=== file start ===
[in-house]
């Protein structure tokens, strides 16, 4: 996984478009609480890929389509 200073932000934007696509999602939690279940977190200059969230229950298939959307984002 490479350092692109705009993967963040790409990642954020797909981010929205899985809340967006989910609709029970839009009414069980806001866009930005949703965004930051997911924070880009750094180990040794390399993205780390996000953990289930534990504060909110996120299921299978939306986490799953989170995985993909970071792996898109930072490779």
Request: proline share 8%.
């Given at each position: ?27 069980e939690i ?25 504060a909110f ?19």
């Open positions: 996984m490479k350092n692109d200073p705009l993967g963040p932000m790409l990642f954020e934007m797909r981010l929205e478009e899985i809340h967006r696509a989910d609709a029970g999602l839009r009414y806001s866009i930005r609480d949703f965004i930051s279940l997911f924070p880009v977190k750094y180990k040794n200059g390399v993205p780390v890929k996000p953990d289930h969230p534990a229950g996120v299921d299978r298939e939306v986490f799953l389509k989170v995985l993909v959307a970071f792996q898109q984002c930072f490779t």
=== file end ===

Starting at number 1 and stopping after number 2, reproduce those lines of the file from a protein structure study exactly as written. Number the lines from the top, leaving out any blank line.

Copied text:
[in-house]
């Protein structure tokens, strides 16, 4: 996984478009609480890929389509 200073932000934007696509999602939690279940977190200059969230229950298939959307984002 490479350092692109705009993967963040790409990642954020797909981010929205899985809340967006989910609709029970839009009414069980806001866009930005949703965004930051997911924070880009750094180990040794390399993205780390996000953990289930534990504060909110996120299921299978939306986490799953989170995985993909970071792996898109930072490779």